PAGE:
Paxman understands this. And he realises that when politicians refuse to answer simple questions, they look like total morons to the rest of us. So he has shifted role. His interviews are no longer about extracting information from politicians. And to judge them on those grounds is to misunderstand the great political theatre being played out. Paxman's role is now that of The Everyman (and woman). It is he, and not those he interviews, who truly represents us. He sits there and openly sneers at those who most need and merit it. He, as do we, sees through the charade, and he embodies our derision as we watch these bumbling buffoons who refuse to talk straight with those they are supposed to represent.

Paxman is not there to interview. He is there to convey our contempt.

And he's the only reason I stayed up as late as I did. Watching him sigh and roll his eyes every time a Labour MP used the phrase "an historic third term" was hilarious. And the unconcealed glee that glinted in his eye each time a tory claimed the government is the most unpopular in recent history ("Yes, but if this result tells us anything, it's that your party is even less popular than the most unpopular government in recent history! You really are a complete shambles, aren't you?")

By the way, I agree with Jim: Appalling though Michael Howard may be, he's shown real class in the manner of his leaving. Good riddance, but kudos to him for taking responsibility and acting decisively rather than hanging on to his position of power.

July 5, 2005

Message to Live 8 cynics: Shut up, you don't know nearly as much as you think you do

In the run-up to Live 8, and after the event, I kept hearing this from far too many people, far too many of whom really should know better:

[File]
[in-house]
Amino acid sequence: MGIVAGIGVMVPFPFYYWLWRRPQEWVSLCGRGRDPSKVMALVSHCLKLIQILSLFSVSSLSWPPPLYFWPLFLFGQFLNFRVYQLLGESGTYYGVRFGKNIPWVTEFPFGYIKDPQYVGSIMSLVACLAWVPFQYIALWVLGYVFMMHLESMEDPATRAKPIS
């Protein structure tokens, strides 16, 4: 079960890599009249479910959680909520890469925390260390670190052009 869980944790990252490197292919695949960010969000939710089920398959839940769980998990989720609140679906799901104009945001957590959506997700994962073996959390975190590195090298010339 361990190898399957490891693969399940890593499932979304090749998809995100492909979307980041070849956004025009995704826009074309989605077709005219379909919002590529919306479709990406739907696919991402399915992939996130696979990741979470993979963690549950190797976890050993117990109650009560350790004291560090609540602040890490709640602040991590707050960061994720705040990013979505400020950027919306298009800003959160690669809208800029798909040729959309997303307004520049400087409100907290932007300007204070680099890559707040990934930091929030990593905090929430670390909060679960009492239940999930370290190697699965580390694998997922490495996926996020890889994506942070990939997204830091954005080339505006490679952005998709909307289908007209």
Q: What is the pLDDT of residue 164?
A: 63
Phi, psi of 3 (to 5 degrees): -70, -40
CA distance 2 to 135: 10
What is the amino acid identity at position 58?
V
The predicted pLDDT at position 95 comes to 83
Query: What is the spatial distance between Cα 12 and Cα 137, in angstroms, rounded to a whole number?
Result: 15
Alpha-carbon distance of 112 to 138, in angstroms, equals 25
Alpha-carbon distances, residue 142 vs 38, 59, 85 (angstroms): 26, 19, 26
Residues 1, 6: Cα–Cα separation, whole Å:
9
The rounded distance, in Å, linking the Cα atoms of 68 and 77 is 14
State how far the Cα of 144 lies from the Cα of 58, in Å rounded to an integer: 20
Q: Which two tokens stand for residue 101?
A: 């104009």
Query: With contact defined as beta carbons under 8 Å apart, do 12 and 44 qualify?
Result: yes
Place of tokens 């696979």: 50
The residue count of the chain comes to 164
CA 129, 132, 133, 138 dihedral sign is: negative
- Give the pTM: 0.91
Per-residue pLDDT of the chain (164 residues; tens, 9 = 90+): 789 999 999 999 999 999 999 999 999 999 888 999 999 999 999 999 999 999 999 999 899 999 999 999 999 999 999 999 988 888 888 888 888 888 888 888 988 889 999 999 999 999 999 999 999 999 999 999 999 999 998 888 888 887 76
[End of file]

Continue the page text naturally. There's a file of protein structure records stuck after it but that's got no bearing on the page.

It's so annoying to hear rich pop stars witter on about ending world poverty. Those people could buy Africa between them, why don't they put their money where their mouths are?

Setting aside the false irony implied in the juxtaposition of "Rich pop star" and "world poverty" (what, you wanted the poor and disenfranchised to solve the problem on their own instead?), the problem with such cynical statement is that the people making it probably don't actually know exactly how rich rock stars are (this information is available to the public, but I'll betcha the cynics haven't looked it up), or what they've been doing with their money.

Case in point: Pink Floyd guitarist David Gilmour, worth £ 75 million, donated to charities for the homeless for years without making a bit fuss about it; then in 2003 he sold a £ 3.6 million house and donated the money to the charity Crisis.

As I type this, I can hear the cynics scoff already.

So he sold a house? Gave away 5% of his net worth? He's got plenty of other houses, and cash in hand. What else has he done?

To which I can only answer "I don't know, and neither do you." Gilmour has been putting his money where his mouth, er, isn't, and has been critical of people who donate to charities and then shout about it. Not that any amount of shouting would have silenced the chatter of "Put your money where your mouth is, then".

As for Bob Geldof's effectiveness, I'm with Jim Bliss.

I think the man's an absolute hero. He's taken the very modest amount of fame afforded someone from a late-70s punky new wave band with a couple of hits, and done frankly astonishing things with it. Yet every single time over the past couple of weeks that I've seen Live 8 discussed in the media (whether mainstream or alternative) it's been framed in the context of whether or not Geldof is really doing any good....

Here's an admission... my first real political act was almost certainly my decision to become a vegetarian in my mid-teens. It was a political act in the sense that it politicised me. My decision forced me to look at the world in a way I hadn't done before and it got me reading books by people I wouldn't have considered up until then. But the actual reason I became a veggie was to impress a girl.

My point is a simple one... young people can sometimes make decisions for silly reasons, but the ramifications of those decisions can be profound and life-changing... I'd be a completely different person today if I hadn't had a crush on a vegetarian when I was 15. My politics could very well be unrecognisable. Now, I don't know how many 16-year-old poverty activists Geldof has created in the past two weeks and will create tomorrow.